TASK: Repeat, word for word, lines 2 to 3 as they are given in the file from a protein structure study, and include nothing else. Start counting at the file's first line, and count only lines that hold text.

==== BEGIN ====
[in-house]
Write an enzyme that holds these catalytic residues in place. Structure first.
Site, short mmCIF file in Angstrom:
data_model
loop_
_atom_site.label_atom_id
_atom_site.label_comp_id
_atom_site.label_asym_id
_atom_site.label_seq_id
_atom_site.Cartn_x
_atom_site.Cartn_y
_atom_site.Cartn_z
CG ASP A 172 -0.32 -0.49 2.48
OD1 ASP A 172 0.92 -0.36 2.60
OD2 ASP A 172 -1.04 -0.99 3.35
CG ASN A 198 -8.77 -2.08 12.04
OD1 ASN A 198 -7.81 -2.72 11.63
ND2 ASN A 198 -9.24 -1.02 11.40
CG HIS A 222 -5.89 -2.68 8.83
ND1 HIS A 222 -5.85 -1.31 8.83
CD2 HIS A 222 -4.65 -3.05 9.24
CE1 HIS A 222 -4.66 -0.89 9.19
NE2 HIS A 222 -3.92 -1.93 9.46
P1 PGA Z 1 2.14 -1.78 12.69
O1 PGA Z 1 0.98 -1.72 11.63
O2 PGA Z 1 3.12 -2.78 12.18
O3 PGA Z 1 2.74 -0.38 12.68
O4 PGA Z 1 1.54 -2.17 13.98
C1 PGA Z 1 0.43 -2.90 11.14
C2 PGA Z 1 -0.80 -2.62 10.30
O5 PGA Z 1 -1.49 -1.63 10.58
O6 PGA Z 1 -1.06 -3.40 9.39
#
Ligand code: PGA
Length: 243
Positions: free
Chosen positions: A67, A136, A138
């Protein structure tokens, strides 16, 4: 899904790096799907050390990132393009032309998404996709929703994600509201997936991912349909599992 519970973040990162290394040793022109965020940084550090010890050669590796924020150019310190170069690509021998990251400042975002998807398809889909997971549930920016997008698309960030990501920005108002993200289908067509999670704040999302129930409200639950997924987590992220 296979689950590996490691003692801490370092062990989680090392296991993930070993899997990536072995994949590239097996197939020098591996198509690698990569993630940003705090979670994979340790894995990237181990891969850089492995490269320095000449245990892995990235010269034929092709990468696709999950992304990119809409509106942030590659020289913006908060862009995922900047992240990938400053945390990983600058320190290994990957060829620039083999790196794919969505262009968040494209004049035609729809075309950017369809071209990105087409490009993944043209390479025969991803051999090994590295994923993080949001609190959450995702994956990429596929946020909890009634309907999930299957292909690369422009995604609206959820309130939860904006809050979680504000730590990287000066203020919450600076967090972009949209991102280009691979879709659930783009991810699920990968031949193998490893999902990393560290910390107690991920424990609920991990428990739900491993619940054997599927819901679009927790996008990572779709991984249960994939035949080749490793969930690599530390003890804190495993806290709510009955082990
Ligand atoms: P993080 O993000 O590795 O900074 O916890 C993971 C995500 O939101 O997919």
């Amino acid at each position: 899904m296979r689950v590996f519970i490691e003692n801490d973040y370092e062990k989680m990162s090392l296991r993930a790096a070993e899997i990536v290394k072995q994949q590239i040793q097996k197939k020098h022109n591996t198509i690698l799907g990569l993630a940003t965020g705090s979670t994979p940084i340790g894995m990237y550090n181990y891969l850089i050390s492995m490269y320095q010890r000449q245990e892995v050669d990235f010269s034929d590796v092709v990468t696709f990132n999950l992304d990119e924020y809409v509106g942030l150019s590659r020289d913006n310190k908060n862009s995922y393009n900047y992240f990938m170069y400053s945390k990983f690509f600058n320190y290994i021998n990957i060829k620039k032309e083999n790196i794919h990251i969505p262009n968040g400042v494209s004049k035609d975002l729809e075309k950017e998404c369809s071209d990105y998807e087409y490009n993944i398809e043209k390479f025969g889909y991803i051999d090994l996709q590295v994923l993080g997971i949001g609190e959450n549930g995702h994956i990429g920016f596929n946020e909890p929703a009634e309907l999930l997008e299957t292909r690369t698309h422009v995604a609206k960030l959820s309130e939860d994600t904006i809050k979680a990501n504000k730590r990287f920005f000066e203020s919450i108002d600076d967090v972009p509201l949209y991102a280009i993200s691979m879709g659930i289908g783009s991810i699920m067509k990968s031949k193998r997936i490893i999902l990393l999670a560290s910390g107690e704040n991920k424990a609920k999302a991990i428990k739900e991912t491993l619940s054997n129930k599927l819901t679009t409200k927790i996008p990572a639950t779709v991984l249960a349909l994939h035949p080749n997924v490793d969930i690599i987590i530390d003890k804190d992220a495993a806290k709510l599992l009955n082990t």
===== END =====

Write an enzyme that holds these catalytic residues in place. Structure first.
Site, short mmCIF file in Angstrom: